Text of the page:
Morrison & Foerster team crafts new aid for businesses shuttered by COVID

Oct 28 (Reuters) – It started with a Zoom call in the first days of the pandemic.

Morrison & Foerster corporate partner Susan “Suz” Mac Cormac was speaking with two friends, Jay Banfield from the non-profit All Home, which focuses on creating economic opportunities for extremely low-income people, and Elliott Donnelley, a founder of KD Venture Partners and the White Sand Investor Group.

The trio shared a common concern, Mac Cormac said: How could small businesses in poor communities weather COVID-19 related shut-downs? And what could they do to help them?

That call led to the creation of the California Small Enterprise Task Force and eventually the California Rebuilding Fund – a $1 billion private-public loan program to support California’s smallest entrepreneurs.

Mac Cormac, who chairs MoFo’s energy and social enterprise and impact investing practices, led a core team of 17 firm lawyers in developing an innovative blended finance structure for the fund. Dozens more lawyers and staff also pitched in.

For their work, she and the firm, which to date has donated 5,300 hours of work to the effort, are Legal Action’s Pro Bono Heroes for October.

Litigators tend to dominate pro bono accolades thanks to their courtroom skills. But it took a sophisticated corporate ace (The Financial Times in 2015 named Mac Cormac the most innovative lawyer in North America) to conceive of the fund’s structure and get it up and running fast.

“It hadn’t been used before,” Mac Cormac said of the model, which leverages state guaranty funds, philanthropic funds, senior bank capital and subordinated loans from foundations and program-related investments. “We created it.”

The fund provides low-interest loans to businesses with up to 50 employees and no more than $2.5 million in gross revenue in 2019. Such micro-businesses, especially those in economically-disadvantaged areas, were not likely to benefit much (or at all) from federal assistance, the fund’s organizers feared.

“We all independently recognized that (federal aid) was not reaching small businesses in the poorest communities,” Mac Cormac said.

The California Rebuilding Fund, which by last week had funded 778 loans totaling $50 million, was designed to fill the gap.

One business owner in rural Gonzales, California used her loan to set up online booking and appointments for income tax, bookkeeping and citizenship application business. She also bought an air purifier to make in-person interactions less risky.

Another loan recipient owns three brick-and-mortar women’s shoe stores in the San Francisco Bay Area that were shuttered entirely for the first three months of the pandemic. She’s using the money to rebuild her stock and invest in marketing.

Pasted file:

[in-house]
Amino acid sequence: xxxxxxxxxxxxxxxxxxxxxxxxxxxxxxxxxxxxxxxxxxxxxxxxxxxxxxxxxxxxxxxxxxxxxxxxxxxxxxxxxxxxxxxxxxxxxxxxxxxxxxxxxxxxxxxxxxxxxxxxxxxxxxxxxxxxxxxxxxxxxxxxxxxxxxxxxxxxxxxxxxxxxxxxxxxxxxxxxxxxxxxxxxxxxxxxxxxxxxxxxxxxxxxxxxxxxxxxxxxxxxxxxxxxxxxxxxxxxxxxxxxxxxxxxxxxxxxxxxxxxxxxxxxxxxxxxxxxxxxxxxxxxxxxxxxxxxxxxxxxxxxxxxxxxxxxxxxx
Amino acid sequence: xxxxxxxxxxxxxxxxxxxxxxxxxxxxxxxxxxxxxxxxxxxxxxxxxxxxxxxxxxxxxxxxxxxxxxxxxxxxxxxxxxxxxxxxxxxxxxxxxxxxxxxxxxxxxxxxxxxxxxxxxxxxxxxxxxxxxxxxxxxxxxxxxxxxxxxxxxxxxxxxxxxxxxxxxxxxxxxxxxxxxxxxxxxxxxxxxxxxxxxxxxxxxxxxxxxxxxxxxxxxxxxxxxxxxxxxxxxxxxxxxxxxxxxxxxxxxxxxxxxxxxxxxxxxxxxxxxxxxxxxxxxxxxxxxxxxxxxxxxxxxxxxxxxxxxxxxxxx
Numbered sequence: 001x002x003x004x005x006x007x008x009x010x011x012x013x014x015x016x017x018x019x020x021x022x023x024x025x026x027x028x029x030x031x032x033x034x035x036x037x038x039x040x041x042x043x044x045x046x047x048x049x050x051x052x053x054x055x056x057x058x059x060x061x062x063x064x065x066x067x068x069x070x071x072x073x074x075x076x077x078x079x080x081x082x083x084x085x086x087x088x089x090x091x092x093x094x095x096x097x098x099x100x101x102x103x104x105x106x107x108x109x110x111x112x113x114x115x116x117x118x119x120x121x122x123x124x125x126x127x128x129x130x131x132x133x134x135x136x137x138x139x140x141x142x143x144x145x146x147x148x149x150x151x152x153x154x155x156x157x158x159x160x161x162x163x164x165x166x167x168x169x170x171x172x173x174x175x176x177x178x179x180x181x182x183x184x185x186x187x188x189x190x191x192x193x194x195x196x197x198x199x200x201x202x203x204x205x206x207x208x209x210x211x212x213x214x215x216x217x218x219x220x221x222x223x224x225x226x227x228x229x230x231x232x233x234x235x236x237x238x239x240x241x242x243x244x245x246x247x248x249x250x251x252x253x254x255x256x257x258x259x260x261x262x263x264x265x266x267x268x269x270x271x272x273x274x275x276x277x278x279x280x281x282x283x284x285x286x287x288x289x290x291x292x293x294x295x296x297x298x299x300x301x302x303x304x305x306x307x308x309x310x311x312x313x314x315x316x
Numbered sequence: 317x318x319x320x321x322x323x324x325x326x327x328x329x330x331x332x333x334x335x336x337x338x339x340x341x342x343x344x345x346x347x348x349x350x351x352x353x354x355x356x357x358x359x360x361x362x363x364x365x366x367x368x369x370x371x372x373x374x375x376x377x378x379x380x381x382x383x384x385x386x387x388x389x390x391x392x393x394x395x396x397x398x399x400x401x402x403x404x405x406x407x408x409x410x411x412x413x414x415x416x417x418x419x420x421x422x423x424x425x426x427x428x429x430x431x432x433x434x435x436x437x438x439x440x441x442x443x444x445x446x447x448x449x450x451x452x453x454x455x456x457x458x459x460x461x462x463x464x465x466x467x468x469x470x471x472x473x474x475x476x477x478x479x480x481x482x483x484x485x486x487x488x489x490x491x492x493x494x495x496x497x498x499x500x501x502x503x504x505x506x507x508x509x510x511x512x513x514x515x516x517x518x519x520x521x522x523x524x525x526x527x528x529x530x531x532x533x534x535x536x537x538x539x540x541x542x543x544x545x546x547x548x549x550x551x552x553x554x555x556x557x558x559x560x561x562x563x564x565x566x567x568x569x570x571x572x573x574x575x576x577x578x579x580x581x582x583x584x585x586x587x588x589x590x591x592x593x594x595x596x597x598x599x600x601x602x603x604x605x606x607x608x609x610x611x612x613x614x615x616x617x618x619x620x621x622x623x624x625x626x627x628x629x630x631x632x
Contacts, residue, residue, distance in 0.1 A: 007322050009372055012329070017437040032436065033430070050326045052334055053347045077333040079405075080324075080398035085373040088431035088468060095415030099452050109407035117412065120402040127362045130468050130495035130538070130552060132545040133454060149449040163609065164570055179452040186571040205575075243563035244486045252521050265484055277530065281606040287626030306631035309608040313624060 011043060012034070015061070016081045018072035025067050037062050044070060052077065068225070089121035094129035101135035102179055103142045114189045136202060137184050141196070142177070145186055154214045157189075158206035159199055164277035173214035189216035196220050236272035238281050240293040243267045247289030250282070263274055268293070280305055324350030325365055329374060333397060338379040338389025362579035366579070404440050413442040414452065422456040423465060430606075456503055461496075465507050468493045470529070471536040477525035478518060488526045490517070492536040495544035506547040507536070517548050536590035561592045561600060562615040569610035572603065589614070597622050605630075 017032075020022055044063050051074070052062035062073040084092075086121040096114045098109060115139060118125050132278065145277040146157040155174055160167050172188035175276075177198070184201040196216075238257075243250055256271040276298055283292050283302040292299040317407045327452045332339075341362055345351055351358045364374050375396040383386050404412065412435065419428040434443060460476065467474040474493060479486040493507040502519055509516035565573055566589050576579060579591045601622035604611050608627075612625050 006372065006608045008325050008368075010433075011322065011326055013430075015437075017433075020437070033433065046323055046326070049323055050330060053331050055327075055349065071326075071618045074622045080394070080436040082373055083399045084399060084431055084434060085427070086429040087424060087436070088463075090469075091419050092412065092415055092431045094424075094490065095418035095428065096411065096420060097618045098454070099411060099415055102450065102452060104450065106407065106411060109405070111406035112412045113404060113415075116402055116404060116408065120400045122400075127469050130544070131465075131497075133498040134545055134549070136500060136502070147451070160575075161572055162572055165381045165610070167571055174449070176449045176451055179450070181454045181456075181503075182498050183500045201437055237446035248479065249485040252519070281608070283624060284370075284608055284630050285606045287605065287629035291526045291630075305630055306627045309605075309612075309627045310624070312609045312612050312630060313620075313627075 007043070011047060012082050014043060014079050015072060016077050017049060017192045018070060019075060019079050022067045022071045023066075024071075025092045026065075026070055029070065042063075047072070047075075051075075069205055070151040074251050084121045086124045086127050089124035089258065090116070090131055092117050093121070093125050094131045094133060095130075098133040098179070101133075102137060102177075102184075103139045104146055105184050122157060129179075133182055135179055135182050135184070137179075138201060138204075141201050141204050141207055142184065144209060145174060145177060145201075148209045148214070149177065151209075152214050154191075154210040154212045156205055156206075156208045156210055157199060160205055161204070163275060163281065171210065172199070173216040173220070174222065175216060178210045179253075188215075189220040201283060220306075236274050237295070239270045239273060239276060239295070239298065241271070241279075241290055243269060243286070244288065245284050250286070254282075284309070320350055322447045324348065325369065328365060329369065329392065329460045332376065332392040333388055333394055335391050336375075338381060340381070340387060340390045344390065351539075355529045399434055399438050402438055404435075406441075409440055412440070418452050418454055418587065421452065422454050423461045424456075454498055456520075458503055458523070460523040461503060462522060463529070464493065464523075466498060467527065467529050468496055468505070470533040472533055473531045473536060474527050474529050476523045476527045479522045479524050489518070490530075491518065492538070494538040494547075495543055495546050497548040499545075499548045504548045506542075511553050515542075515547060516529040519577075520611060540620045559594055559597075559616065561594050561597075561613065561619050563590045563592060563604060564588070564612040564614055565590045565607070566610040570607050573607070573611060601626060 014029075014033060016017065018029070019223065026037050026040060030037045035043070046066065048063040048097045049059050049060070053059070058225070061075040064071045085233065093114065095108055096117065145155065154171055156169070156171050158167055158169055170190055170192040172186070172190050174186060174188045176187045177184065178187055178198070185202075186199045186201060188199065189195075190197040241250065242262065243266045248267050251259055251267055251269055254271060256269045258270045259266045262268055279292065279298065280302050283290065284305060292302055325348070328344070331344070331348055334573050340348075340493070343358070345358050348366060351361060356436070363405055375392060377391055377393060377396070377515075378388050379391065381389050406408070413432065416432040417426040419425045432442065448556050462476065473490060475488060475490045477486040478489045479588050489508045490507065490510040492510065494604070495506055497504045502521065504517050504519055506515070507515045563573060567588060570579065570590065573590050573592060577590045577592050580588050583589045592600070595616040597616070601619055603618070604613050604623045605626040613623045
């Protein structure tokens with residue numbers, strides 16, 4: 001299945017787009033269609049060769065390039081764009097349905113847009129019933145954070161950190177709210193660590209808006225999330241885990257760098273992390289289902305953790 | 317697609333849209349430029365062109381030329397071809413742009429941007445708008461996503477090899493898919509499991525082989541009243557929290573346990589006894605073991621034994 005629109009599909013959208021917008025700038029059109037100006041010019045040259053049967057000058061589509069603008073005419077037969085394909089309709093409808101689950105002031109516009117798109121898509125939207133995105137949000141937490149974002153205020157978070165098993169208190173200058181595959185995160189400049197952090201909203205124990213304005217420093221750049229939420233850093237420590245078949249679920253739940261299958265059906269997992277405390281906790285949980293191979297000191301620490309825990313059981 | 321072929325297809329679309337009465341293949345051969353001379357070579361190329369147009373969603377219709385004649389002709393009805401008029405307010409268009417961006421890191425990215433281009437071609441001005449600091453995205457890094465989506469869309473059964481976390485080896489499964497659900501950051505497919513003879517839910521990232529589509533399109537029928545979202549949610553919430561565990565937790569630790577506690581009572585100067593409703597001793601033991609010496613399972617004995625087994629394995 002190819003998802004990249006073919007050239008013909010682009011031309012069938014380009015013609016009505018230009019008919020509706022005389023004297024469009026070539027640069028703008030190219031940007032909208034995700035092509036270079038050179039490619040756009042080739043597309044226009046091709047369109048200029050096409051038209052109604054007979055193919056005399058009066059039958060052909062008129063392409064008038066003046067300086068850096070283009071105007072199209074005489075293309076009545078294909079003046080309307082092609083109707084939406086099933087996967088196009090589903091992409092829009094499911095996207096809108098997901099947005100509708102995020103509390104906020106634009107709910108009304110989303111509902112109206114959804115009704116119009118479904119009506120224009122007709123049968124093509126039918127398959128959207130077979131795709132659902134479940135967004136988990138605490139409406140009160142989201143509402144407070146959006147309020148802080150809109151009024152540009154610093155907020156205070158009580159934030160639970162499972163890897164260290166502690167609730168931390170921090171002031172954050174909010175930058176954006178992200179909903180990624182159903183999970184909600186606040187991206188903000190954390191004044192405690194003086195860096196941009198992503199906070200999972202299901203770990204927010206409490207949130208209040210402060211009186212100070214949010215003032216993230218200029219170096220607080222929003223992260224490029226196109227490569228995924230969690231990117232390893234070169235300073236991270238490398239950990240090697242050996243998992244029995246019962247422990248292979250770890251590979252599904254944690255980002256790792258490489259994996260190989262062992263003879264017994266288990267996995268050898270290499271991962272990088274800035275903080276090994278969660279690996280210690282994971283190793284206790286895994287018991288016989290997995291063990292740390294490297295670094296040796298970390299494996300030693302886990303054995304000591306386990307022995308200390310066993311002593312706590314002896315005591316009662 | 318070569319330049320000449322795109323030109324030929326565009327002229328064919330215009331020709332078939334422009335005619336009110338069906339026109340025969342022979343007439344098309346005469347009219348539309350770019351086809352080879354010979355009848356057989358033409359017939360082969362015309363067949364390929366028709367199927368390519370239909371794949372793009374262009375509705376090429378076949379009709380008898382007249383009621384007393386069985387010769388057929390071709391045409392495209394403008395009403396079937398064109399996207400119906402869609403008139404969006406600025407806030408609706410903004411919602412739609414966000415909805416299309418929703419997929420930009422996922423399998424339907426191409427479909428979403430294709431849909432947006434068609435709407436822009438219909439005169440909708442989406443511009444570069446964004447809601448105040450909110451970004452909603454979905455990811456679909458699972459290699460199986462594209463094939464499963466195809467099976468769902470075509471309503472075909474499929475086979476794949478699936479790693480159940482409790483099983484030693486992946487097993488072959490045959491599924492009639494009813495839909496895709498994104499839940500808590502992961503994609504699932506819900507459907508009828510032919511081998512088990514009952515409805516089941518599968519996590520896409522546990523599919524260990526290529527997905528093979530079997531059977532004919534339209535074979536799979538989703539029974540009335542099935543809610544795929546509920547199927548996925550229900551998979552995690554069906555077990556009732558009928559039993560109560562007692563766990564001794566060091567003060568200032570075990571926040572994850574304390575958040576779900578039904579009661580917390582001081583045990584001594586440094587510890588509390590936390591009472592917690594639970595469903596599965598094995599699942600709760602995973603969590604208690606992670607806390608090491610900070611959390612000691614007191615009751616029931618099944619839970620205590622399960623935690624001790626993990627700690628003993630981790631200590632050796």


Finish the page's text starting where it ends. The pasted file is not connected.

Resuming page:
In its initial stage, the project was relatively modest. The task force, whose members also include the Berkeley Center for Law and Business at Berkeley Law School, where Mac Cormac is a lecturer, created a resource guide for business owners in English and Spanish.

Working for free, lawyers also began staffing virtual “office hours,” where small business owners could get information and ask questions.

To get the word out, task force members contacted community development financial institutions, or CDFIs – private financial institutions that were started in the 1970s to provide affordable lending to disadvantaged people and communities.

The CDFIs responded that what they really needed was capital, Mac Cormac said. These institutions “used to get 60 (loan) applications in a week, and were now getting 600 a day.”

But she saw drawbacks to the conventional approach. If capital came from “a fund where people make money from money, you have a lot of compliance costs,” she explained. And if the underlying loans were bundled and sold, “the financial institutions then have direct recourse against the small businesses.” (Also, she added, “Anyone remember 2008?”)

The solution was to form a public benefit limited liability company owned by Kiva, a San Francisco-based nonprofit founded in 2005, to “manage and deploy money very, very efficiently and at a very, very low cost,” she said.

Using a third-party nonprofit as the fund manager allows for donations and program-related investments. The platform “is designed to take on whatever capital is available,” Mac Cormac said.

It also brings loans off the balance sheet for CDFIs, easing “a major limiting factor in their ability to scale,” according to MoFo.

The project has been a substantial time commitment for Mac Cormac, who has led some of the highest-profile late-stage investments in recent years, including SoftBank Group’s $7.7 billion investment in Uber.

But she values the pro bono work. “When you’re lucky enough to have education and opportunity,” she said, “you have an obligation to pay it back.”

In addition to Mac Cormac, the MoFo team advising the loan fund was led by corporate partner David Lynn; finance partner Mark Wojciechowski, senior counsel Joe Gabai, and of counsel Kelley Howes; tax partner Tony Carbone and of counsel Linda Arnsbarger; and associates Jesse Finfrock, Maureen Linch, Aisulu Masylkanova, Olga Terets, Michael Santos, John Tawadrous, and Jeff Xu.

Opinions expressed here are those of the author. Reuters News, under the Trust Principles, is committed to integrity, independence and freedom from bias.

Reporting by Jenna Greene

Source: Reuters